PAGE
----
04.11.13 Solidaridad

The Implementation of Better Cotton by Solidaridad in the Mali project began in collaboration with cotton company, Compagnie Malienne pour le Development des Textiles (CMDT) and the Association des Productuers de Cotton Africain (APROCA) in the Koutaiala district of the Sikasso region in 2010. Cotton production from this region represents one-third of the country’s national seed cotton output.

After three years of implementation, the Better Cotton Initiative (BCI) project has exceeded all projects for trained producers and seed cotton production. The percentage of farmers earning a Better Cotton license through working with producer learning groups now exceeds 95 percent. Major results achieved by the project include improvements in skills levels of field agents and farmers in good agricultural practices.

Since 2010 Solidaridad helps small farmers in Mali to produce according to the The Better Cotton Initiative (BCI) principles. These principles are about growing cotton in a way that reduces stress on the local environment, and improves the livelihoods and welfare of farming communities, with the aim of creating long-term change.’ After three years the project has grown and now reaches 32.500 farmers of which more than 95% are licensed by BCI to sell their cotton as Better Cotton, which is especially interesting for international brands and retailers.

Other achievements are:
» the reduction of average treatments on cotton plots from 7 to 13 season (Pesticide sprayings is 17% decrease compared to farmers who are not in the program);
» increases in producer incomes through reductions in production costs (16% profitability increase on cotton); improvements in cotton quality through training in improved harvest and storage techniques as well as; use of cotton harvest bags to avoid contamination;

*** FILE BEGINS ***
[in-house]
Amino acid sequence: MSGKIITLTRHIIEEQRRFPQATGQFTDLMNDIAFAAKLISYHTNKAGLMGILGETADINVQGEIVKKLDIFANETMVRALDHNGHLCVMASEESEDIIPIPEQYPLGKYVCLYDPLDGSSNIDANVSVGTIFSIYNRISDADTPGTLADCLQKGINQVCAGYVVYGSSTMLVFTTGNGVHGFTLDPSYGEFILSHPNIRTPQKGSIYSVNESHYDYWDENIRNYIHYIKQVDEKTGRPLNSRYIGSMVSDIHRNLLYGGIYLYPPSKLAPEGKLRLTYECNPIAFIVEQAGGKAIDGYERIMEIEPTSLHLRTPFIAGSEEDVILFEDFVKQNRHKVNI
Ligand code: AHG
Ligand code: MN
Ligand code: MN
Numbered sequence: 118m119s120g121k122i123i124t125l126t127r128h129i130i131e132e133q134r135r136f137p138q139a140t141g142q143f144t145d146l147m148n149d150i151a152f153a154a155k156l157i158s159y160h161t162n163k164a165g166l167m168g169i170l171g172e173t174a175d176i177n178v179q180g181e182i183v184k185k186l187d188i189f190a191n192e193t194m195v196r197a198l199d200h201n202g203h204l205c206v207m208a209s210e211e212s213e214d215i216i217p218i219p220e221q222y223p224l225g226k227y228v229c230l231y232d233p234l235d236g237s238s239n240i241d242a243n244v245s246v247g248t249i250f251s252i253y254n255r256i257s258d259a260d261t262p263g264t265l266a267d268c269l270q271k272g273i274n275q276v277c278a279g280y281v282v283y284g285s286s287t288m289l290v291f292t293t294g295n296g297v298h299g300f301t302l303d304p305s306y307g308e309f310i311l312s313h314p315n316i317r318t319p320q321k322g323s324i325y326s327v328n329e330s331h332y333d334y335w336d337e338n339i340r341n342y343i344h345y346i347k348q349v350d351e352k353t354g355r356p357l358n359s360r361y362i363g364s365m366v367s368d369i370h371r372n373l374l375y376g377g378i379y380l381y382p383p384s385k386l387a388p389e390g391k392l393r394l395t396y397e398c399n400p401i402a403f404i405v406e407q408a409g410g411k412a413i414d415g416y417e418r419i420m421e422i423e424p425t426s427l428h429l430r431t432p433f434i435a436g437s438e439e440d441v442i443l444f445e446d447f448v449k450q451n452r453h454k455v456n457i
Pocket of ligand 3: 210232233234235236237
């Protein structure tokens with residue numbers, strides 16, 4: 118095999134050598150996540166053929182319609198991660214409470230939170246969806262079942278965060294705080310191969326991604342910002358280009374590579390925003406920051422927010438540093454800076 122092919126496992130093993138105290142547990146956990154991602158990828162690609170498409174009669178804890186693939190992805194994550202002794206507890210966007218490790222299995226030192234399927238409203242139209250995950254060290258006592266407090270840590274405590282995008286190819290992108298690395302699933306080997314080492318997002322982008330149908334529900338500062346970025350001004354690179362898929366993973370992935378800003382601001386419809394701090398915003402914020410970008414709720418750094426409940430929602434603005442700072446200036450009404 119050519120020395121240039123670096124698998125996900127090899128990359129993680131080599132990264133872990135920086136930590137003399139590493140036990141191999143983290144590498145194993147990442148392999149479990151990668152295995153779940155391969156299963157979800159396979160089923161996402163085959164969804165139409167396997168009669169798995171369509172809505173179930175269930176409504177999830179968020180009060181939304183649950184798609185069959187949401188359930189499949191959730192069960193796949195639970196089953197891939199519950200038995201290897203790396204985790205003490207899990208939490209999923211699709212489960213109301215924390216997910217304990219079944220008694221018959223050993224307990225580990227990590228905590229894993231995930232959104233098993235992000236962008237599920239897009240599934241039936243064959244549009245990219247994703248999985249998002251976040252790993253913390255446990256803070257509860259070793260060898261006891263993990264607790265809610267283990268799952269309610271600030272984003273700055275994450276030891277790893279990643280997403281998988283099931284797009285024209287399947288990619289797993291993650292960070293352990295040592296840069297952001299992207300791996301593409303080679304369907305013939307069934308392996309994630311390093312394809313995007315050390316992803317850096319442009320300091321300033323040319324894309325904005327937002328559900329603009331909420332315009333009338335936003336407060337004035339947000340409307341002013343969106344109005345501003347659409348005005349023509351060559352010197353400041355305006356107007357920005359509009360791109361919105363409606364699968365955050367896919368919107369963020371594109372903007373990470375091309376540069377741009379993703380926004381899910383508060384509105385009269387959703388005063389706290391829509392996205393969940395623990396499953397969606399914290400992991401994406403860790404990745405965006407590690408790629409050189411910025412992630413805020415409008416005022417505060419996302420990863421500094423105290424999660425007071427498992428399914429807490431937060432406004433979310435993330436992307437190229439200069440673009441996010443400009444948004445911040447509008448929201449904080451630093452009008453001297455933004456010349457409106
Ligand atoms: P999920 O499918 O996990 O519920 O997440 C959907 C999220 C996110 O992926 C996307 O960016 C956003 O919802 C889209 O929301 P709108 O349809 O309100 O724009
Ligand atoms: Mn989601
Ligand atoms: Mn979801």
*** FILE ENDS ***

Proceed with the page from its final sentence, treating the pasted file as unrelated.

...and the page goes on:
» and a decrease in incidence of child labour and increased participation of rural women in training, particularly in leadership skills.

Previously, results were mixed because of the low participation of women in project activities. Women constitute the workforce on farms but they received very little earnings from cotton. They were also absent from decision-making processes in the farmer groups.

Major achievements for women
To compensate for the low participation by women, Madame Tata Coulibaly (National BCI Coordinator from APROCA,) initiated leadership training to enable the women to participate and claim their rights in the cotton sector. During the 2012/2013 season, she organised leadership training for 300 women and before the season was over, the women began participating in meetings with men. One of the major achievements for the women who attended the training is the acquisition of self-confidence and self-esteem.”The women now perceive their roles better as agents of change and are prepared to mobilise to become more visible through the creation of pressure groups in their villages. This means that the influence of women on decisions that are taken by men in the village is advisory. But women no longer want to be limited to an advisory role only and going forward want to contribute to decisions in a meaningful way,” said Madame Coulibaly. During the training, women expressed their gratitude to Madame Coulibaly. One of the beneficiaries, Mrs Rokiatot Traor√© of Tonasso village said; ”we are now aware of the fact that we are true agents of change at the village level. Before, we knew the dangers of pesticides, but not up to this level and importantly, we did not know that we could produce cotton with little or no insecticides,” she explained. The project prize was awarded to, Madame Coulibaly, who was invited to the BCI annual workshop organized in Singapore on September 23-24 this year, where she was presented with her prize of a computer tablet. Her efforts to promote gender equality through the training rural farmers in Mali that included top textile industry retailers were lauded by the BCI Secretariat, which organises the competition every year.

You can read the winning entry to the Better Cotton 2013 “Stories from the Field’ competition byclicking here.

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